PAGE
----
One of Us is Lying by Karen M. McManus is a smart, suspenseful mystery featuring the stereotypical high school cast: The Brain, The Beauty, The Dealer, The Athlete and The Outcast. But, as we all know, stereotypes rarely hold true. And boy are they busted here. Each chapter reveals another secret from another point of view, moving seamlessly between characters as the plot unfolds. Is it murder or an accident? You won’t know until the final pages… Clever writing and a good cast of characters combined with a suspicious death and lots of secrets make this the perfect summer read.
Secrets in the Snow by Michaela MacColl is a cozy historical mystery for Jane Austen fans, featuring Jane Austen as the main character. Based in part on real people in Ms. Austen’s life, the characters are well-drawn and, of course, the conversation is witty. It’s a fun read that includes a brooding yet handsome man, a little bit of love, and a murder to solve. Best of all, it’s set in the middle of winter–the perfect choice for a hot summer day.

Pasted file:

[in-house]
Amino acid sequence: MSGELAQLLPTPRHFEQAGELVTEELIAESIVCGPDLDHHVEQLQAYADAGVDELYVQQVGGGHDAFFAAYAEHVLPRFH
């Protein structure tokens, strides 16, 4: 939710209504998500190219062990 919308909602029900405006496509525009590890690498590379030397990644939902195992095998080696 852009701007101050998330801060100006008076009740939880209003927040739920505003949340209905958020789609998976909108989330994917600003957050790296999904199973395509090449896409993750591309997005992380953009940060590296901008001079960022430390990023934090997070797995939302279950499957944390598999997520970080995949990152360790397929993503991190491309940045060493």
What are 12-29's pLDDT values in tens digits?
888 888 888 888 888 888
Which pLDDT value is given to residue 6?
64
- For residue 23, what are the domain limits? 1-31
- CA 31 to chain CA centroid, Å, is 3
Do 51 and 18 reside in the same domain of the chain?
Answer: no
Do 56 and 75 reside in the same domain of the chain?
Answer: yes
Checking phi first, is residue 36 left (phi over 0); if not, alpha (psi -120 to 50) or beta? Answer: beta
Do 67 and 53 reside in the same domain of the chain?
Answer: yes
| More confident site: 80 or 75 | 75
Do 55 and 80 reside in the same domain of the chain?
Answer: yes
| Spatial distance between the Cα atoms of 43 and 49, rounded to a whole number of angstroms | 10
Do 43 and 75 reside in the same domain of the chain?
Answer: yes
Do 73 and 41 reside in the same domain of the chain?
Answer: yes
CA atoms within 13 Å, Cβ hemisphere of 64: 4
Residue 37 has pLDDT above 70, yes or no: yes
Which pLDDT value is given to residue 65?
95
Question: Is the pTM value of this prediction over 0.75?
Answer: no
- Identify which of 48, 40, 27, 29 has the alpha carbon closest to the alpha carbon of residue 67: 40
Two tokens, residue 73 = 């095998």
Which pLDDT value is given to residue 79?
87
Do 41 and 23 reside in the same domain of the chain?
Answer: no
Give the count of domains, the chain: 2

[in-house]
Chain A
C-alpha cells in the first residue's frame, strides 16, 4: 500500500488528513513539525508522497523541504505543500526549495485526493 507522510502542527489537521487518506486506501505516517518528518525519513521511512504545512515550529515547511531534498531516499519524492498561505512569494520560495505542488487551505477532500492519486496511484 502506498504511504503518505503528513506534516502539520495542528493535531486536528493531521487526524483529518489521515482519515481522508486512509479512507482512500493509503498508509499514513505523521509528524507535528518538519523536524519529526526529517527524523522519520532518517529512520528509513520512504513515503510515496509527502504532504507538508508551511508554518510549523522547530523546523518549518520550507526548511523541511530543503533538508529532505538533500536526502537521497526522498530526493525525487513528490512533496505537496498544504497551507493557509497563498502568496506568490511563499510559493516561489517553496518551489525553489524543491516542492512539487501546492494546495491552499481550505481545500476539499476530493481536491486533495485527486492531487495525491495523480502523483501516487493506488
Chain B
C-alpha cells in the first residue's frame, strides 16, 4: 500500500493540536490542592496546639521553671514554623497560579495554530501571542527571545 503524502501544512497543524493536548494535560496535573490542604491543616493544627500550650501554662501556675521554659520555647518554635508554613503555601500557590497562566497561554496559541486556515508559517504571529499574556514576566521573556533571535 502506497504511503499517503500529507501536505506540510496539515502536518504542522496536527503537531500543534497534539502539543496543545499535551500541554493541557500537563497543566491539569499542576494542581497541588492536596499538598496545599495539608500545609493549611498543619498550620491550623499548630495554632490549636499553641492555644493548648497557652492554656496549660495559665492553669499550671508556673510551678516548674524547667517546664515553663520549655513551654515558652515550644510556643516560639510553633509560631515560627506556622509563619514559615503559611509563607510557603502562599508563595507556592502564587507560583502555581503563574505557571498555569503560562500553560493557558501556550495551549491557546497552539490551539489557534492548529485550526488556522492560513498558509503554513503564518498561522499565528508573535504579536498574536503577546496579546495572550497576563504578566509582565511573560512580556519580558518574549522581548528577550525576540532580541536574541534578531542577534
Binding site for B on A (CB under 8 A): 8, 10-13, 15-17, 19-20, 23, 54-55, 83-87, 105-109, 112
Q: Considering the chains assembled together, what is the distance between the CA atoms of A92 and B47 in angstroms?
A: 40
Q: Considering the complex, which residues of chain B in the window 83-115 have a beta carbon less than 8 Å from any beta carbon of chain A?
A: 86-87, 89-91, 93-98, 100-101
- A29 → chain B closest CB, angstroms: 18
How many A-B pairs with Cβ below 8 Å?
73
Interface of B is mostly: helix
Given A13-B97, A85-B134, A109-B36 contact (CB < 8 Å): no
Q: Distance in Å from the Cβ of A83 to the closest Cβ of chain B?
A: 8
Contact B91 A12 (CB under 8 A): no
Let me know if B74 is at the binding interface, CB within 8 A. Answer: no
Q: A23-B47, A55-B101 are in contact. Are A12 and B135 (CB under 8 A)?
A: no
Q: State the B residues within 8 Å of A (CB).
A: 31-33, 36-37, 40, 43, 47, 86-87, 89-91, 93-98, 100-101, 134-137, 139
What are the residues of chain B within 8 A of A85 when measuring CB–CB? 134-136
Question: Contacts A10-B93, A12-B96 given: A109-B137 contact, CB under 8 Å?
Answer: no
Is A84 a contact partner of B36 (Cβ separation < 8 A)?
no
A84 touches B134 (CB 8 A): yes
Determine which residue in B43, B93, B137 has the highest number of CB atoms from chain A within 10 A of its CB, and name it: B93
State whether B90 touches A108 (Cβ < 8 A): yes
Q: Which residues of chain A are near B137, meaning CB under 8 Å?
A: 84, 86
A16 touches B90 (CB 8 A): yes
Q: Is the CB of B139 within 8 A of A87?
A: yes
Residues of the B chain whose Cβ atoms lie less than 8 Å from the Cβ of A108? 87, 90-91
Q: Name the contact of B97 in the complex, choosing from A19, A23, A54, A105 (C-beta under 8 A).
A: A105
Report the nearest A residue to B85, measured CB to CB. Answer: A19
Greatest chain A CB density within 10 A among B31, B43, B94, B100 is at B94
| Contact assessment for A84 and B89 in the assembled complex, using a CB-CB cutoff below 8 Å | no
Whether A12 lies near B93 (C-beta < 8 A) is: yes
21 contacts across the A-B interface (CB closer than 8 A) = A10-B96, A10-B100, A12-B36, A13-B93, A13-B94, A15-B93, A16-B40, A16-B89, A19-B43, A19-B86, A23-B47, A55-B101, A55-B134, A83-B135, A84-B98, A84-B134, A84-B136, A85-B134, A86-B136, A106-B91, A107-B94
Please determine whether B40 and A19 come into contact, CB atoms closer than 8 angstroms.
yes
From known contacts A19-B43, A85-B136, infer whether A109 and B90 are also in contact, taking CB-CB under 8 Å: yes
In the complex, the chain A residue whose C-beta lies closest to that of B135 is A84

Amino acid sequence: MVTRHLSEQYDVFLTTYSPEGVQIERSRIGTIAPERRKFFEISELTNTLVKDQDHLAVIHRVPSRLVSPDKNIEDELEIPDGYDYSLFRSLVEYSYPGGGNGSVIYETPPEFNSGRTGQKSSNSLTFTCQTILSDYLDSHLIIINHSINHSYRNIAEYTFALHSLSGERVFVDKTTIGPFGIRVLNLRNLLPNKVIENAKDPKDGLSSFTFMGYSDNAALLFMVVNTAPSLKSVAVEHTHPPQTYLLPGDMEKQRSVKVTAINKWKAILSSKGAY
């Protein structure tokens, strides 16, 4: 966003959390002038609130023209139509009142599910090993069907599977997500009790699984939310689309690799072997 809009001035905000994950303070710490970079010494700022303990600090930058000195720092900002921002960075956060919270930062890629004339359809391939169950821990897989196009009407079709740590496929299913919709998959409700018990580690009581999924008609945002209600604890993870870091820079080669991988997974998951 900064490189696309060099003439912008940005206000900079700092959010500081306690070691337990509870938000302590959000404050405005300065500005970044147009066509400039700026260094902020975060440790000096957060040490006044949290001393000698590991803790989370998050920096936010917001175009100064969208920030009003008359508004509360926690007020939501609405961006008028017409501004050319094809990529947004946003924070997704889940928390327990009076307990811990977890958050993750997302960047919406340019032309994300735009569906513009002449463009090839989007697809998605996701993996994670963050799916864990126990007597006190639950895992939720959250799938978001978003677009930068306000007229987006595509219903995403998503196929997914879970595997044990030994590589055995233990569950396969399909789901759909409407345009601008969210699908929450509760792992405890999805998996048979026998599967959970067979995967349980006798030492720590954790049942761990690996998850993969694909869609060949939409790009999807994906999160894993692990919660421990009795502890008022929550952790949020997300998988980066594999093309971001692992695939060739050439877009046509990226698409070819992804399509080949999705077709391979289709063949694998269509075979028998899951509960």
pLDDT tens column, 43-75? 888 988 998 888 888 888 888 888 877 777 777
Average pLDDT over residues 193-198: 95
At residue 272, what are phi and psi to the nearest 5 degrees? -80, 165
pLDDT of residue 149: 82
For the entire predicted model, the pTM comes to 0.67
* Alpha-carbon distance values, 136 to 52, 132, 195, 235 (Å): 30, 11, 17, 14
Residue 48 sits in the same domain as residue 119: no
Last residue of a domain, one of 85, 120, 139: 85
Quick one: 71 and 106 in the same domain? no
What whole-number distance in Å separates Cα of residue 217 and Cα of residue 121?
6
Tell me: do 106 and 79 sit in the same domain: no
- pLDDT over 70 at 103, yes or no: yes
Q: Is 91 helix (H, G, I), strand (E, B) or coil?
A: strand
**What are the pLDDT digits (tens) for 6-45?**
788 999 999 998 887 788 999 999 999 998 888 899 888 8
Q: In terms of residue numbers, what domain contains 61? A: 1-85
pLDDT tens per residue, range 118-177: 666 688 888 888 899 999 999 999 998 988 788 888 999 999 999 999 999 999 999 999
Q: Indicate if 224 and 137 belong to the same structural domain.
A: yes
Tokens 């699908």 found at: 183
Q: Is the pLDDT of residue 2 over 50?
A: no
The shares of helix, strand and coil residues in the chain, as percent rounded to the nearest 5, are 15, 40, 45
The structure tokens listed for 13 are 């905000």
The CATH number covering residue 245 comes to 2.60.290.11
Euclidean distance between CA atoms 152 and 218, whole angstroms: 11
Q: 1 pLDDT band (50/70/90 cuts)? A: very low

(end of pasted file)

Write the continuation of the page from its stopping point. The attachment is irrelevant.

I could not put down The One Memory of Flora Banks by Emily Barr. What a fascinating story told from the point of view of a teenager with short-term amnesia. Yes, I know what you’re thinking — it’s gotta be a pretty short story. It’s surprisingly not. Instead it’s a complicated mystery/coming-of-age novel with a wonderful cast of characters. No dead bodies but plenty of surprising twists as Flora tries to unravel secrets from her past while simultaneously dealing with love, friendship, family and, of course, no memories. Plus, a road trip! Highly recommended!
Elodie. a young British girl living in a small town the late 1800s, always follows the rules. She has to because that’s what young Victorian women do. Respectable females stay at home and Elodie definitely is respectable. Besides she must take care of her many sisters and her mother while her father travels the world hunting rare plants. Their life isn’t luxurious or exciting but they get by.
Elodie, with a natural talent for botany, longs to join her father on his adventures to exotic countries. Unfortunately, she knows that is just not going to happen. Females don’t do that type of thing; besides, her family would fall apart without her. But when her father disappears and their fortunes reverse, Elodie gets her wish in ways she could not have expected. She sees no way forward for her family unless she can find her father and get him to return to China to recover a rare orchid.